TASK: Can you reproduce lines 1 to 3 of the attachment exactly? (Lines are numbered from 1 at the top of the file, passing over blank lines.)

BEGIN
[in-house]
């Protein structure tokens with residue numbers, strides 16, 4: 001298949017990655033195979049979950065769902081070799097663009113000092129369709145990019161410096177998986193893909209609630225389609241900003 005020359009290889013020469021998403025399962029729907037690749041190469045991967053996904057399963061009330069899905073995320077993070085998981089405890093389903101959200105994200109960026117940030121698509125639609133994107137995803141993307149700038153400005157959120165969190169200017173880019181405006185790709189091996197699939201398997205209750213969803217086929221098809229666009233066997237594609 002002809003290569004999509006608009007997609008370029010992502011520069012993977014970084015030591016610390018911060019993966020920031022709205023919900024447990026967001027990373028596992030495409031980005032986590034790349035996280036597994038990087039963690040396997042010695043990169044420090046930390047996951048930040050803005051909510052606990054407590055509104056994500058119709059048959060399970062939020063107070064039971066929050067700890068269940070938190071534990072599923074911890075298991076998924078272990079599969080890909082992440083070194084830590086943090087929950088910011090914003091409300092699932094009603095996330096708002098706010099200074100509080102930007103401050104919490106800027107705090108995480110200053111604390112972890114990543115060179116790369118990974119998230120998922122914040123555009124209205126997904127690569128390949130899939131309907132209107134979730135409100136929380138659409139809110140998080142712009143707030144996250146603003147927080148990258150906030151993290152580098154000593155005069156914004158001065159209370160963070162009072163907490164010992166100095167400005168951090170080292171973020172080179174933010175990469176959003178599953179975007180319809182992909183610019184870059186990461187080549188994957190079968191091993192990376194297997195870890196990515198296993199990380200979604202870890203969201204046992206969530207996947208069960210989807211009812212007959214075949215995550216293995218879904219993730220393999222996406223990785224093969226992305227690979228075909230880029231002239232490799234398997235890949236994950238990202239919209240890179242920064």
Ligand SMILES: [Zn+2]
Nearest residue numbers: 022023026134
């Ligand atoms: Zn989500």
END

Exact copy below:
[in-house]
């Protein structure tokens with residue numbers, strides 16, 4: 001298949017990655033195979049979950065769902081070799097663009113000092129369709145990019161410096177998986193893909209609630225389609241900003 005020359009290889013020469021998403025399962029729907037690749041190469045991967053996904057399963061009330069899905073995320077993070085998981089405890093389903101959200105994200109960026117940030121698509125639609133994107137995803141993307149700038153400005157959120165969190169200017173880019181405006185790709189091996197699939201398997205209750213969803217086929221098809229666009233066997237594609 002002809003290569004999509006608009007997609008370029010992502011520069012993977014970084015030591016610390018911060019993966020920031022709205023919900024447990026967001027990373028596992030495409031980005032986590034790349035996280036597994038990087039963690040396997042010695043990169044420090046930390047996951048930040050803005051909510052606990054407590055509104056994500058119709059048959060399970062939020063107070064039971066929050067700890068269940070938190071534990072599923074911890075298991076998924078272990079599969080890909082992440083070194084830590086943090087929950088910011090914003091409300092699932094009603095996330096708002098706010099200074100509080102930007103401050104919490106800027107705090108995480110200053111604390112972890114990543115060179116790369118990974119998230120998922122914040123555009124209205126997904127690569128390949130899939131309907132209107134979730135409100136929380138659409139809110140998080142712009143707030144996250146603003147927080148990258150906030151993290152580098154000593155005069156914004158001065159209370160963070162009072163907490164010992166100095167400005168951090170080292171973020172080179174933010175990469176959003178599953179975007180319809182992909183610019184870059186990461187080549188994957190079968191091993192990376194297997195870890196990515198296993199990380200979604202870890203969201204046992206969530207996947208069960210989807211009812212007959214075949215995550216293995218879904219993730220393999222996406223990785224093969226992305227690979228075909230880029231002239232490799234398997235890949236994950238990202239919209240890179242920064």
Ligand SMILES: [Zn+2]